Gupta, who rescued the Whyalla steelworks, says he already has a team examining the development of a copper smelter in the region.
But on the question of Nyrstar, he’s told ABC radio that he has a policy of not commenting on speculation and issues that “shouldn’t really be talked about in public unless they become reality”.
Gupta’s comments come amid turmoil at Nyrstar this week, with analysts overseas telling investors to dump the European company’s stock. A market plunge on Monday saw the company’s share price drop by 41 per cent on the Brussels exchange.
The market shock caused consternation locally, where the State Government-underwritten Port Pirie smelter is a major employer in the Iron Triangle.
After a week of speculation, the company has now confirmed it will cut 120 jobs from its Port Pirie operations in 2019.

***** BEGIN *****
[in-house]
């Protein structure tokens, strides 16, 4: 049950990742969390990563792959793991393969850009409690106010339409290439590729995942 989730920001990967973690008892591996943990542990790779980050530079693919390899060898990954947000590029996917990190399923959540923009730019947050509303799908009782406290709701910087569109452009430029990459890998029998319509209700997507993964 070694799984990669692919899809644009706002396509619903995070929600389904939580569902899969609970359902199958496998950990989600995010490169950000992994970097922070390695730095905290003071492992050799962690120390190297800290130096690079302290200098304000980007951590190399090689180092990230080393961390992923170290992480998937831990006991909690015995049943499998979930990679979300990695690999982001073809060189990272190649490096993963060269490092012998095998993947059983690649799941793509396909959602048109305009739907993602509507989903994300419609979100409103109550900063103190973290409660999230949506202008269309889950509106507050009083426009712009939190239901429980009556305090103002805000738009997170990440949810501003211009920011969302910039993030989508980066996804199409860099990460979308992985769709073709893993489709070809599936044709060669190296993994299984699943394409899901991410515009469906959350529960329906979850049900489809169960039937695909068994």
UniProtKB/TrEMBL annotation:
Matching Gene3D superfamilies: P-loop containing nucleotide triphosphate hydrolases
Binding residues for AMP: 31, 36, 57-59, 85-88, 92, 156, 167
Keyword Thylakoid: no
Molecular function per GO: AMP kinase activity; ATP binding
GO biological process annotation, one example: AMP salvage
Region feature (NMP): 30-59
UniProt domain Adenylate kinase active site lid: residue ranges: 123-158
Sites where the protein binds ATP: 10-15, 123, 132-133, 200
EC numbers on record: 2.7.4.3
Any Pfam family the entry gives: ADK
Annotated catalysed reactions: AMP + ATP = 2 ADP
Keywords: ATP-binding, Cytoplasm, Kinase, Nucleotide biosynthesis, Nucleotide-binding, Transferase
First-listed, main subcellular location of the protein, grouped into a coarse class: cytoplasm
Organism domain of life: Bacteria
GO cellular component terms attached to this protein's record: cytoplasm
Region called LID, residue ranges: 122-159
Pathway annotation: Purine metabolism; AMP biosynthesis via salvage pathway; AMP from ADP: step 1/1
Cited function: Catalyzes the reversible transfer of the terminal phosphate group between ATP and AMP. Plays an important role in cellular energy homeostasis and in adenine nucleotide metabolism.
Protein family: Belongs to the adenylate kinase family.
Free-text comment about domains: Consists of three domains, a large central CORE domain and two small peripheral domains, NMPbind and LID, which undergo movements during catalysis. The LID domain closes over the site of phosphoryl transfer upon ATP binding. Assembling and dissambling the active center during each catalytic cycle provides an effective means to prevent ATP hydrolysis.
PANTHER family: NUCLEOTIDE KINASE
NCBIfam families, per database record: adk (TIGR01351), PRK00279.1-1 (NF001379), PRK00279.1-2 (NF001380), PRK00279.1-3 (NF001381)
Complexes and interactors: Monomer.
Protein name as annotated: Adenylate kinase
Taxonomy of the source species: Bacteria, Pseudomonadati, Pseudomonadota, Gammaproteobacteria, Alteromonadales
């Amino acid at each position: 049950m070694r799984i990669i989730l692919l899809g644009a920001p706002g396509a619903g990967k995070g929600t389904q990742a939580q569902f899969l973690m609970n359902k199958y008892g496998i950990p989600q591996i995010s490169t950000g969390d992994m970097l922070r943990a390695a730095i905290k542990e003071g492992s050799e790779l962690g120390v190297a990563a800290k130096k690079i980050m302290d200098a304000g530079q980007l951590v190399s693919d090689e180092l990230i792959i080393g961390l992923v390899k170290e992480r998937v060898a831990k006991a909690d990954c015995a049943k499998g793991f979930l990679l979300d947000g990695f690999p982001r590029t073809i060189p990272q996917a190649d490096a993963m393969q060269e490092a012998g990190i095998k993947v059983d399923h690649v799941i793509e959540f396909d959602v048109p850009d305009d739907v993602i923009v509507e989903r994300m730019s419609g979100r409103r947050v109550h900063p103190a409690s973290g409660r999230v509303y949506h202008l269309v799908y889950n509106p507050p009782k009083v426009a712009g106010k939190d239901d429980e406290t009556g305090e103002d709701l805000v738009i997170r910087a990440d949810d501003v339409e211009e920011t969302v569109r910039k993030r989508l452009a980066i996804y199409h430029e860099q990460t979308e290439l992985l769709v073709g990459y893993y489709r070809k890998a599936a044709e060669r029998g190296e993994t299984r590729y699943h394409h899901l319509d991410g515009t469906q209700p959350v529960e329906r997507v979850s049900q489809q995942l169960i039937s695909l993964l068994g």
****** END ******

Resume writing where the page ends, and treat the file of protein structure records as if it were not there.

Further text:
In a statement, Nyrstar said it would “gradually reduce the number of employee positions and contractors throughout 2019”.
“As the transformation of the smelter includes shutting down obsolete and outdated equipment, we will reduce positions at Port Pirie by approximately 120 employees and contractors in 2019,” the company said.
“We will achieve the majority of these changes through natural attrition, a change in the scope of work undertaken by some roles, redeployment of some people to different roles and by not extending a number of the limited tenure employee’s contracts. We will ensure if additional requirements are added to a role that they will be able to be performed successfully keeping safety as our number one priority.”
The State Government underwrote $291 million of the $660 million redevelopment of Nyrstar’s Port Pirie operations in order to keep jobs in the city.
In May, Treasurer Rob Lucas said the company would defer payments to its international financiers by 18 months until November 2019.
– with AAP
Local News Matters
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